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White Noise: Koreless – Yugen

Friday, 21 June 2013

Koreless – Yugen

Label: Young Turks

Lewis Roberts’ output as Koreless has never really been focused on the dancefloor. Instead notable singles such as Away and the excellent 4D / MTI 12” wore their subdued beat patterns lightly, the songs concentrating on breathy vocal manipulations and sweetened melodies, capturing an ephemeral beauty in their slight constructions.

On his most substantial release to date Roberts has radically restricted his sound palette, leaving only the minor-key synthwork and an occasional looped vocal, all painted thickly onto an emotional widescreen. While such a shift is undoubtedly laudable and can work given the right context (Koreless’ phenomenal live show serves as proof), Yugen proves an ultimately unsatisfying affair, a few brilliant ideas spread thinly across 25 minutes which leave you hungry for a little more range and depth to the sound.


This is not to say that Yugen is not a worthwhile listen: indeed Koreless shows the power of his new approach on lead track Sun. Here sweeping, maximalist synths summon references to Vangelis in their raw emotive pull and M83 in their epic swells, as a rhythmic loop adds urgency and a shard of a female vocal sample adds a touch of humanity. It’s a heady and surprising combination that makes you feel in your gut rather than your brain, forcing the listener to engage by dint of its unapologetic emotional grandeur.

This breathtaking concoction represents the pinnacle of Koreless’ work within this particular sonic spectrum, and as a result the other tracks on the EP suffer for their similarity to varying degrees. Opener Ivana is pretty and short enough to pack a punch, the same looped vocal mechanised in a manipulation of the human voice at once violent and sensuous. Later No Sun plays out as the dark shadow of its counterpart, yet the prominence of a mournful chord progression does not save the listener from a certain fatigue with the limited range of sounds on display.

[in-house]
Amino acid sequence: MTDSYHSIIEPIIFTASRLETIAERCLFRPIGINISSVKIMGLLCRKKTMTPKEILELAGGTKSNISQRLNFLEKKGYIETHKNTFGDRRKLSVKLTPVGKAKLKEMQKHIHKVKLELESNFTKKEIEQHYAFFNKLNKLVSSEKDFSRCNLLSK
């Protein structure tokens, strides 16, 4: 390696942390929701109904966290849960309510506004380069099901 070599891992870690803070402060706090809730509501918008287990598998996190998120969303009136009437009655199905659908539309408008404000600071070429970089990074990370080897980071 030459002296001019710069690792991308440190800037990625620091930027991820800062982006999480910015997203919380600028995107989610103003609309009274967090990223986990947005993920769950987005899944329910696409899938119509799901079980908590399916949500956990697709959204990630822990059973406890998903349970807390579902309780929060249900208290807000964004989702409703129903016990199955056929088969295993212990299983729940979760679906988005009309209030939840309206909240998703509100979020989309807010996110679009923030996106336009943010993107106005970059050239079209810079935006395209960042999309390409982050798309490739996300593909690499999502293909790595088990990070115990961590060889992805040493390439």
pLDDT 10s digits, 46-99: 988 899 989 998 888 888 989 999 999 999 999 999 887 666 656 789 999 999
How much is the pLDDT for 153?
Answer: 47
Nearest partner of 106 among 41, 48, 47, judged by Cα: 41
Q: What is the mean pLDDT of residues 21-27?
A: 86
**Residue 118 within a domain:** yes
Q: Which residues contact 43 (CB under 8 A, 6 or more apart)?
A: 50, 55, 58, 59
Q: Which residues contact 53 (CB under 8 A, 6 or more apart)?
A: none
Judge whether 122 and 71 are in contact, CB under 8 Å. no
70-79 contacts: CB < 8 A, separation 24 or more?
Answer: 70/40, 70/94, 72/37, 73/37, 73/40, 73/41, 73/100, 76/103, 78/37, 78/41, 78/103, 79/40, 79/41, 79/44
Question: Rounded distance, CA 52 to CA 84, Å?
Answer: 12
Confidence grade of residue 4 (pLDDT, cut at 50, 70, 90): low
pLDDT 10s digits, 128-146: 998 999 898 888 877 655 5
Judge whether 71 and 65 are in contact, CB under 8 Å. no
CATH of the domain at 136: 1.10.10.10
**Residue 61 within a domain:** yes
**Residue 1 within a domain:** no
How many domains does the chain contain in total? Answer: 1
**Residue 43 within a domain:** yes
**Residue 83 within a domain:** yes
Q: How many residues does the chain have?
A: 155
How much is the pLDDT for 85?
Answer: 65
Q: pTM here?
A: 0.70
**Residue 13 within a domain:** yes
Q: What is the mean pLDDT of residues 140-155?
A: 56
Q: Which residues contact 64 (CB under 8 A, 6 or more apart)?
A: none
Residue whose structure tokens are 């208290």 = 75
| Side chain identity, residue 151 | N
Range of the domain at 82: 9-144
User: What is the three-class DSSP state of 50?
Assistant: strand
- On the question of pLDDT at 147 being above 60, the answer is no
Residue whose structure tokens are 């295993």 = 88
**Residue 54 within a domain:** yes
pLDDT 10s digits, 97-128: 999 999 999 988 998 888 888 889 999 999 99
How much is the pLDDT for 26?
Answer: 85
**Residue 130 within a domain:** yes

The remainder of the EP is populated by similarly dreamy arrangements of bittersweet melodies, where the toybox twinkling of Last Remnants feels saccharine over the same tired, filtered synthwork, while the more substantial Never’s keening synth modulations offer only a ghostly imprint of Sun’s more powerful emotional punch. While Koreless’ dedication to his new sound is certainly impressive, the results feel too indistinct and superficial to really leave a lasting impact.


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